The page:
Champagne 2017: Nem sæson men bøvlet høst - Druerne er landet i spande, sendt gennem vinpresser, har gennemgået den første gæring og er i øjeblikket en ganske ung vin. Champagnehøsten 2017 er overstå...
21. jul. 2016
Sustainability : The spreading of fertilizers
Organic fertilizers work much slower in the soil than conventional ones. They deteriorate much slower which means that the elements will be available to the plant maybe only several months after spraying. The idea is to keep the levels in the soil and make sure nutriments are available in the period of growth
Frozen rather than muddy
For us, it is practical to spread the fertilizers in the winter because the ground is likely to be dry and hard.
As we plough the vineyards, the rows may otherwise be quite muddy.
Our little machine moves forward due to its caterpillar tracks so they will move anyway. But it is physically harder to manoeuvre it.
Nourish the soil
The idea of fertilizers is not to nourish the plant directly.
Instead we supply elements and minerals that will nourish the soil based on our soil analysis.
When the soil is healthy and sufficiently rich, it constitutes the best possible environment for the vines to remain strong and vigorous as they grow.
Several decades ago pulverized city garbage (known as gadoues, composts urbains) was spread in vineyards all over Champagne because it was thought to nourish the environment. This has left a heritage of tiny plastic pieces in the rows. Obviously, this practice has been banned years ago, but as plastic decomposits slowly, the traces stay.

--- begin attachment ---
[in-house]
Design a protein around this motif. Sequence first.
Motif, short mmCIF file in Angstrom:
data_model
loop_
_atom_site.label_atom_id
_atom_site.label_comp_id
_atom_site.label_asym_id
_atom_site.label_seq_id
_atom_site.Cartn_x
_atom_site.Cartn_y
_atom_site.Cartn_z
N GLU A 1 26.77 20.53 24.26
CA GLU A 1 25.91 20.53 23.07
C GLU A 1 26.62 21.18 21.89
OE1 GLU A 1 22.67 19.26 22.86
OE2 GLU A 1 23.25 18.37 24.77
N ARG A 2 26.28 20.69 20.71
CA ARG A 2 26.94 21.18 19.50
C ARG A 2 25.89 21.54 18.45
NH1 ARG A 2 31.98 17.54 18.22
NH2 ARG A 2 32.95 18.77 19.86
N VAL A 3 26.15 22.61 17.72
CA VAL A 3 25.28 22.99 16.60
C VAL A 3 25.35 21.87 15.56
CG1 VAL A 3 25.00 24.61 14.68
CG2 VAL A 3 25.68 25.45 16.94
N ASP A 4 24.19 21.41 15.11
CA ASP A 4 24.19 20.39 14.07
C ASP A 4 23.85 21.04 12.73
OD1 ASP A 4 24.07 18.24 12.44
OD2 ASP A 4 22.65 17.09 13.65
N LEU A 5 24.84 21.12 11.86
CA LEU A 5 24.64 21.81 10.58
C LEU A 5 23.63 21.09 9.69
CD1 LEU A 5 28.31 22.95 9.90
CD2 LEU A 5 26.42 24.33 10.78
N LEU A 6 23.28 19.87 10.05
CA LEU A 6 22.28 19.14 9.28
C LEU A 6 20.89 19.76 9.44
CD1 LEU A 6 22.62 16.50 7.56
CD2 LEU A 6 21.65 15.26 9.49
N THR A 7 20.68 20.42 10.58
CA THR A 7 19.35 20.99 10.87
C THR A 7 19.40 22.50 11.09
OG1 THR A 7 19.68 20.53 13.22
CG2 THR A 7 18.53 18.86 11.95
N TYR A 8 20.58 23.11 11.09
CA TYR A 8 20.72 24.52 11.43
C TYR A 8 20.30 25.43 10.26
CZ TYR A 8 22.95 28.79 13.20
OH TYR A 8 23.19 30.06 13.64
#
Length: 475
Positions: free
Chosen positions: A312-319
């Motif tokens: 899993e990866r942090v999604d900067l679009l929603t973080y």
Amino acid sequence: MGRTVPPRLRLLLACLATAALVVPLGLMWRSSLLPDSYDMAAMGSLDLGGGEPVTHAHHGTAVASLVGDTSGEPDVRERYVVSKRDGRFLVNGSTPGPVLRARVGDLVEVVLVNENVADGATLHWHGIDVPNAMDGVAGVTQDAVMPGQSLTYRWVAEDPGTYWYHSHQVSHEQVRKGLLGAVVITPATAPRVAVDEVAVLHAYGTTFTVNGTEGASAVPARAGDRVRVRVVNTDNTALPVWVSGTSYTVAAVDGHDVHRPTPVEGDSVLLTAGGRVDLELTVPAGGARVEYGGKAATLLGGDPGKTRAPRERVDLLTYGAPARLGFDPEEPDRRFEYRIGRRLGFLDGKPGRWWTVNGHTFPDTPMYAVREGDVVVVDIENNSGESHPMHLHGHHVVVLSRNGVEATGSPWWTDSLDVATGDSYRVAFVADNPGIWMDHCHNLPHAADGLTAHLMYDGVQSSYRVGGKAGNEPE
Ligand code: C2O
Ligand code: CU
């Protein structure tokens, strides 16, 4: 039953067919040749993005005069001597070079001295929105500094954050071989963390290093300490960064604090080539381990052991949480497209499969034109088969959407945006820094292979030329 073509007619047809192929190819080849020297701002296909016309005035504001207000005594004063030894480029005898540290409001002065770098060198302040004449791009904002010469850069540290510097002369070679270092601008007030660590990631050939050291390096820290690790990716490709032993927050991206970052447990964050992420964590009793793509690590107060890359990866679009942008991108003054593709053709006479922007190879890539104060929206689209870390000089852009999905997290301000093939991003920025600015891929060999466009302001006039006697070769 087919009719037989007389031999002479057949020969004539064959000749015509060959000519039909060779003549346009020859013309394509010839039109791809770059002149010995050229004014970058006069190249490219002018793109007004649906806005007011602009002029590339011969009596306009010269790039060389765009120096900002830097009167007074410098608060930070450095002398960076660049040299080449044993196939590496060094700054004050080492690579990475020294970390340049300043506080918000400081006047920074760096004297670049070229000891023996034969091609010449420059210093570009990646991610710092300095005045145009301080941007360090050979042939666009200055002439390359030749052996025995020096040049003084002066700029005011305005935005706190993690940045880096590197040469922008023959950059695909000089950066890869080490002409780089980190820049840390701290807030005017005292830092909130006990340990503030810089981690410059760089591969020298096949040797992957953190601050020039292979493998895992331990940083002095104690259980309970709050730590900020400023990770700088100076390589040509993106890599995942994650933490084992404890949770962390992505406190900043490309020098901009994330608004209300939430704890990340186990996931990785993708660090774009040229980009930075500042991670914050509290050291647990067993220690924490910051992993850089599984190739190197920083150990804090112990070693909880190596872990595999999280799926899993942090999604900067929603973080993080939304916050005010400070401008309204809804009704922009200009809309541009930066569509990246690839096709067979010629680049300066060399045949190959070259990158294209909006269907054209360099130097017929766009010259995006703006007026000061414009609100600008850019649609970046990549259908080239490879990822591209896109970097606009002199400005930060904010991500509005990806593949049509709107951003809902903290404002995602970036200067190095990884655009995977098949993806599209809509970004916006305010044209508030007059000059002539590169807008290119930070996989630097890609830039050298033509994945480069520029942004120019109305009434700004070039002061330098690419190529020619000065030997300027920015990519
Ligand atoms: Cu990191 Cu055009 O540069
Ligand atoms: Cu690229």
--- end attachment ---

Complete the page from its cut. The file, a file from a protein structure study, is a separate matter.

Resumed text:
Grind and spread
We use a machine, specially conceived for the vineyards, to spread the fertilizers.
For the purpose of this job, we equip the machine (le chenillard) with a spinning sprayer. The funnel is filled with the fertilizers, and as we move the machine forward, the pellets are sprayed over 4 rows.
A maximum average of 50 kilos per hectare of nitrogen is allowed within the regulations of sustainable winegrowing. However, we tend to put less.
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How to nourish the soils